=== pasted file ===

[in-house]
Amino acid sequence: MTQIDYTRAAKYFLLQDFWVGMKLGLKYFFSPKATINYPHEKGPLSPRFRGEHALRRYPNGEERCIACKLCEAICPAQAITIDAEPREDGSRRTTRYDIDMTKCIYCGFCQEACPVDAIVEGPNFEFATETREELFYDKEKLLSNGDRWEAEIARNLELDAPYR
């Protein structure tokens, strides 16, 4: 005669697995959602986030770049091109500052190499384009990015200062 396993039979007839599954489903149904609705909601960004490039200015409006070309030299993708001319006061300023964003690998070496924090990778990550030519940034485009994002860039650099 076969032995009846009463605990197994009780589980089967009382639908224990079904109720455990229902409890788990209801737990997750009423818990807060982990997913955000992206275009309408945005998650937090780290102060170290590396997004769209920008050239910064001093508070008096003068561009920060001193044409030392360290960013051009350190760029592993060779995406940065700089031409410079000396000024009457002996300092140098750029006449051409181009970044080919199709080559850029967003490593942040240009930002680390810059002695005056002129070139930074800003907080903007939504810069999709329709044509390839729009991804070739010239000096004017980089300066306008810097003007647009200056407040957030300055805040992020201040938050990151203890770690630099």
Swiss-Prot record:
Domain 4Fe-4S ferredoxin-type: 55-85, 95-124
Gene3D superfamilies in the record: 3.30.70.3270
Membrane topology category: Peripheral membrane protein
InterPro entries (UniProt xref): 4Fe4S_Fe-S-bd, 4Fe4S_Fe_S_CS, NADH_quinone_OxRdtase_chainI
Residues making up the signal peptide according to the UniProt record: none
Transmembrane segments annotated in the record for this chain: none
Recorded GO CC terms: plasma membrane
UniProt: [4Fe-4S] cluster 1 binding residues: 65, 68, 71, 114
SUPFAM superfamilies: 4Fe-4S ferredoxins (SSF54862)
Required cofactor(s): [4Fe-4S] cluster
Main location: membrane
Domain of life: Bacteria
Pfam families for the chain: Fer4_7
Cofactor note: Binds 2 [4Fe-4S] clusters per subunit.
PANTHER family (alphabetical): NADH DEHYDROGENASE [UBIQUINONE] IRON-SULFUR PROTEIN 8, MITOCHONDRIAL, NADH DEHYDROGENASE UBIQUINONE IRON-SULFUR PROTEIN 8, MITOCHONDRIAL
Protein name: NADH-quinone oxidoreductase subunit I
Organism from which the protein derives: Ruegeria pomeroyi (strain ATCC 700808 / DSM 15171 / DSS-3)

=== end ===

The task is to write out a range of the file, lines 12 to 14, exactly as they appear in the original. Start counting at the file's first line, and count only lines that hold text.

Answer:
UniProt: [4Fe-4S] cluster 1 binding residues: 65, 68, 71, 114
SUPFAM superfamilies: 4Fe-4S ferredoxins (SSF54862)
Required cofactor(s): [4Fe-4S] cluster